• "Most of the ills that attend science today—racism, sexism, and homophobia in the science workforce; underrepresentation of marginalized groups in science; scientific misconduct; political naïvety of scientists; and more—originate in problems with teaching science, technology, engineering, and mathematics (STEM). . . Most institutions would say publicly that research and teaching are equal, but their actions and resource allocation clearly favor research." 

    • P.S. I think you could replace teaching with "science for policy" and it would work as well. Just once I'd like "science for policy" discussions to be at the beginning of an event instead of at the end.  

  • Roger Pielke Blog, The Honest Broker: For those of you who have taken my S&T Policy 101 class, you might remember the exercise I do where you identify where you are within a spectrum of scientists and their engagement with policy.  You can pay for the full version of Roger's blog, but I get plenty out of the free version. 

    • Here's an article he wrote based on the AEI study above called "The Public is OK, It's Us Scientists Who are the Problem: The uncomfortable conclusions of a new survey of public trust in science." An excerpt:

      "Typically, the idea of a crisis of public trust in science is quickly accompanied by a diagnosis (from us scientists, of course) that identifies the crisis as a failure of the public, e.g., in being easily duped by monied interests or evil politicians, and simply not smart enough to know enough to come to the proper views. This of course is a version of the old deficit model which posits that the public has a knowledge deficit, which if corrected through science communication and education would then lead to changed policy and political preferences — as well as increasing overall public trust in science.

      Here I wish to overview an alternative argument that I’ve been making for almost two decades — trust in science (including scientists and scientific institutions) is placed at risk when leading scientists and institutions become politically active in ways that diverge from the values and preferences of the broader public."

    • Roger writes many blog posts of this ilk, particularly regarding climate change science. I encourage you to read his blog, including older posts, if you work in this field, so that you can challenge your thinking.  I don't always agree with him, but he does make me go hmm..

  • Georgetown University: National Center for Cultural Competency, Conscious and Unconscious Bias in Healthcare:  I encourage you to watch Module 3, Bias and Well-Meaning People, which discusses the neuroscience of unconscious bias.  The entire video series is great, but I think this particular video really strikes home for scientists and engineers.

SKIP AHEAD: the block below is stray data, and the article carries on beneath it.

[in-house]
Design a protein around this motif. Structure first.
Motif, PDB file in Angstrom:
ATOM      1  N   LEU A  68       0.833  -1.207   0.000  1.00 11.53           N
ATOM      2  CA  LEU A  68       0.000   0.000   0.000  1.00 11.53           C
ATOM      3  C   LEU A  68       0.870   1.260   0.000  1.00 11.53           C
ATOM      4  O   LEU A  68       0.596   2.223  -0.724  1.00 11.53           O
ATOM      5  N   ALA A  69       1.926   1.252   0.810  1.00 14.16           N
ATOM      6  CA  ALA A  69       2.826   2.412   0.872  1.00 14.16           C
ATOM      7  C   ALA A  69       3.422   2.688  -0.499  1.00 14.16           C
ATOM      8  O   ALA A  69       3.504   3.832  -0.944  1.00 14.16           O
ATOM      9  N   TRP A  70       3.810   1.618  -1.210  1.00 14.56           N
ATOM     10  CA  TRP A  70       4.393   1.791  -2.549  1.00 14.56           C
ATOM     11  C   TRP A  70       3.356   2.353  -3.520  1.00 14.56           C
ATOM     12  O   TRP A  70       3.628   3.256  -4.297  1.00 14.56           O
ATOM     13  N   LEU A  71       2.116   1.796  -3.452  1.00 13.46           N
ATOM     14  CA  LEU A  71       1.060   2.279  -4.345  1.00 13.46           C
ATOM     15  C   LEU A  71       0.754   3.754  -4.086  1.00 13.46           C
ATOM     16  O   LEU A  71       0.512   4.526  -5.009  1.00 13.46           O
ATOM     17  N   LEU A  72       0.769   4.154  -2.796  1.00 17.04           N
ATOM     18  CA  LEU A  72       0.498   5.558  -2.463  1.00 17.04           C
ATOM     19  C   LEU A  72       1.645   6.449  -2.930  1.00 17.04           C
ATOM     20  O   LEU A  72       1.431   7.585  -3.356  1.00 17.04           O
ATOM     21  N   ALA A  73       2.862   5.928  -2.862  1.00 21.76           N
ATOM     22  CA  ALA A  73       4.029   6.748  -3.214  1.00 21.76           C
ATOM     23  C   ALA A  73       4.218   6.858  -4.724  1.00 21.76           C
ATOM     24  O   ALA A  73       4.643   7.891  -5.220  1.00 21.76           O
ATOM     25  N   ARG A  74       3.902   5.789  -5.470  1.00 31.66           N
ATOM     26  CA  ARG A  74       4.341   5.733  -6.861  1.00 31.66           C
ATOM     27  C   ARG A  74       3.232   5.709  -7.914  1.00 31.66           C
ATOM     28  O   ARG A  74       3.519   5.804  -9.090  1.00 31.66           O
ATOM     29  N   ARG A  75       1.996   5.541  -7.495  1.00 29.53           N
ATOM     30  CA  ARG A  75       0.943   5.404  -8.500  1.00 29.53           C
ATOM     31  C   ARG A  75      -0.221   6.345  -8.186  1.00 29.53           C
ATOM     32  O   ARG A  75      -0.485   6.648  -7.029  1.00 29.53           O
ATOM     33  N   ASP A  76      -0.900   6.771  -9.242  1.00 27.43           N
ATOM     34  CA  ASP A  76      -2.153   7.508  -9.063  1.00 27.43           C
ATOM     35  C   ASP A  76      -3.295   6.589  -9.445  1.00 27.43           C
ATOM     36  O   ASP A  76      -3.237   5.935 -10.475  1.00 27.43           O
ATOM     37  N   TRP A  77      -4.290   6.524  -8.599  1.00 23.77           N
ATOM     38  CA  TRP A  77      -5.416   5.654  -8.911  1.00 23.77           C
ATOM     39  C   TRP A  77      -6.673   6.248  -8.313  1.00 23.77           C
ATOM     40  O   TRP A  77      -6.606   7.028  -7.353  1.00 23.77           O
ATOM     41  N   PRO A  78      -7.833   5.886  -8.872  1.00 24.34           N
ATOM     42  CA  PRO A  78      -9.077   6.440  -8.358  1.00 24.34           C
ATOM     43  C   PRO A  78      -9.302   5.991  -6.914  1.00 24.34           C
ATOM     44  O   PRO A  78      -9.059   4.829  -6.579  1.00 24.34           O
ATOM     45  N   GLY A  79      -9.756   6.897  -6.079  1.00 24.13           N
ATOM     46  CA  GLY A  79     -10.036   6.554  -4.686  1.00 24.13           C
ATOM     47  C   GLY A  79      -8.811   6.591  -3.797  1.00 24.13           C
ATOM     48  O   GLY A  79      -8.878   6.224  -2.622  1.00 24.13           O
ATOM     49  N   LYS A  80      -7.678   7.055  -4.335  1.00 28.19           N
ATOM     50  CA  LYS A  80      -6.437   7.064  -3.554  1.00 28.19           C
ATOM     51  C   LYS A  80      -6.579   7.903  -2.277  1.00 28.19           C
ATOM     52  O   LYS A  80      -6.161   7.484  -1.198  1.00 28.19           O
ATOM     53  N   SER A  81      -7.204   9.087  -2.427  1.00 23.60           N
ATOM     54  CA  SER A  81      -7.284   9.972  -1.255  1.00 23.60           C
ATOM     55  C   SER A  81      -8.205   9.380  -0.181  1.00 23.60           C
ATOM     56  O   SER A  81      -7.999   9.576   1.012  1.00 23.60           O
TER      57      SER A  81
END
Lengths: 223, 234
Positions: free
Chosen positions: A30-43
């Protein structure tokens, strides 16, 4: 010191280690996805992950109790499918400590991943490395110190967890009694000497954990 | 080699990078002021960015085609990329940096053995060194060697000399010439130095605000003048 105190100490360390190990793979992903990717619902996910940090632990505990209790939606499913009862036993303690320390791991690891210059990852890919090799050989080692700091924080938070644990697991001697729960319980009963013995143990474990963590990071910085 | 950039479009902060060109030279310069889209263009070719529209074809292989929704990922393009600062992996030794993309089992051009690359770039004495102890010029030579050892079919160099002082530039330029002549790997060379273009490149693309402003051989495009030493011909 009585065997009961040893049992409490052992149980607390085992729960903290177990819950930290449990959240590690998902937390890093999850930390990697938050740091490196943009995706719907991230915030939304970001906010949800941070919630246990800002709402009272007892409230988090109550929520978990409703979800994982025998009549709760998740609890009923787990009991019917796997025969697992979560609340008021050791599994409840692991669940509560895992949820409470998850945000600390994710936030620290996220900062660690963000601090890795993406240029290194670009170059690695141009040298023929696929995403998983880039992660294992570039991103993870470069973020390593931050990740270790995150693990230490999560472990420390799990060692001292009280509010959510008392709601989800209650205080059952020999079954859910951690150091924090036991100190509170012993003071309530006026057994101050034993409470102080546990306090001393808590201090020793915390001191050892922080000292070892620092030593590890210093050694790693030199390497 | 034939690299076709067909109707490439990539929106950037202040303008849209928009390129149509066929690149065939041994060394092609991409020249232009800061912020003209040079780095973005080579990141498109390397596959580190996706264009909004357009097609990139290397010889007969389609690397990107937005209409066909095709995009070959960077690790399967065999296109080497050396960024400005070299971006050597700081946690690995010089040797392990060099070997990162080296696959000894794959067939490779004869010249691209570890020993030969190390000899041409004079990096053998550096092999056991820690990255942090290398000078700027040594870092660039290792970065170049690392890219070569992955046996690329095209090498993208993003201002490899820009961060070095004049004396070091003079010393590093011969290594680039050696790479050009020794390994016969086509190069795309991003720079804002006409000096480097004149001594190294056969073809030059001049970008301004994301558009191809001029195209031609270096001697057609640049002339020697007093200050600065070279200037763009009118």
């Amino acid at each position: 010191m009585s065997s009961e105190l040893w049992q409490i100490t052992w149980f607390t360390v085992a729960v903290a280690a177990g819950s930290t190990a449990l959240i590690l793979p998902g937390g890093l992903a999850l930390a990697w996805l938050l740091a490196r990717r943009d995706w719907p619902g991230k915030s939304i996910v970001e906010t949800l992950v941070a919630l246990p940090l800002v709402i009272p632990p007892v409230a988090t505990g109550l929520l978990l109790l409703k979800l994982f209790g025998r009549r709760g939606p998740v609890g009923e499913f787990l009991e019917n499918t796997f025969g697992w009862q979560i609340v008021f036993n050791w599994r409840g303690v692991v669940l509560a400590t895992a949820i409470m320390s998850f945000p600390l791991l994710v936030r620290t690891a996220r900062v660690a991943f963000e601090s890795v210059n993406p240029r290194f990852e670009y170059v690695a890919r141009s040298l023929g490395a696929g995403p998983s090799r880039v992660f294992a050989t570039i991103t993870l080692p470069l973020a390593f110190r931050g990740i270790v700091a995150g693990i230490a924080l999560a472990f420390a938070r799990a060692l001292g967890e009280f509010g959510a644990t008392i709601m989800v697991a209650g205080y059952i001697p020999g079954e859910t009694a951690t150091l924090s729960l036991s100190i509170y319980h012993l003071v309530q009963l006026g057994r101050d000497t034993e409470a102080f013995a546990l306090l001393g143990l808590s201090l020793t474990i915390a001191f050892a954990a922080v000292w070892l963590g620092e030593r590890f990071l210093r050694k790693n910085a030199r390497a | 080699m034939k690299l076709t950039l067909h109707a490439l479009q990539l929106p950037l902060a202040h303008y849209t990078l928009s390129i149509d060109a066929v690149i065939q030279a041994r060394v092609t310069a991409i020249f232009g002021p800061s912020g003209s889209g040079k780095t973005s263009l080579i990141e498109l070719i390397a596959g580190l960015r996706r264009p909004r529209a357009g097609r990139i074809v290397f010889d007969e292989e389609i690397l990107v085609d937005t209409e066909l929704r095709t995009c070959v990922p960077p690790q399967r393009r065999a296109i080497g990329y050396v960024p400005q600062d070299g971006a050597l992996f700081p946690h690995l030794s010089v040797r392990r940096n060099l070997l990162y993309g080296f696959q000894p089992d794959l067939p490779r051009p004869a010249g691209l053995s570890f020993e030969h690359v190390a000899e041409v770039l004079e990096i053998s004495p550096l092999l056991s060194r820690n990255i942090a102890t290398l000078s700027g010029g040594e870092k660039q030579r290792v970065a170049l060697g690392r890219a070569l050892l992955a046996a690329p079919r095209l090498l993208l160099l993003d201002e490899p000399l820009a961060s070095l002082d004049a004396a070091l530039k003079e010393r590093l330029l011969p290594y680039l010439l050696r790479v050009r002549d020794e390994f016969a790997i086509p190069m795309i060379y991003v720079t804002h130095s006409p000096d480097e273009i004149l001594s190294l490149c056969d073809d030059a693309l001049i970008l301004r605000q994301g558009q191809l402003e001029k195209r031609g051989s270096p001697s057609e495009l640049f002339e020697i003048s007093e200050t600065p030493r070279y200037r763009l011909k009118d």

• Open University: What is Politics?:  A free class that provides you with an academic perspective on politics.

Did You Know?

Innovate US offers great free educational webinars with experts on a variety of policy-related topics for an audience of primarily state and local government staff, but they are open to everyone. I think you'll find not only the ones I'm offering below, but others very useful in your policy-related activities.  I attend them frequently myself and gain a better understanding by hearing from government staff in the field about the challenges they are facing in their policy-related activities.

Beginning tomorrow, you can attend three 1.5-hour seminars throughout October on program evaluation.  Although you may have attended one of my workshops on this topic before, this is updated material, and I show how you can use Chat GPT and similar tools to improve the effectiveness, efficiency, and equity of your evaluation.  Below are the topics. Register for one or all plus other interesting topics offered by other experts.  If you can't make it, you will receive a recording:


Hope to see you there!

More Ways to Learn and Grow 

The S&T Policy Academy has a number of ways for you to learn and grow:

Thanks for reading!

Dr. Deborah D. Stine, Founder, Science & Technology Policy Academy


Deborah Stine
Science & Technology Policy Academy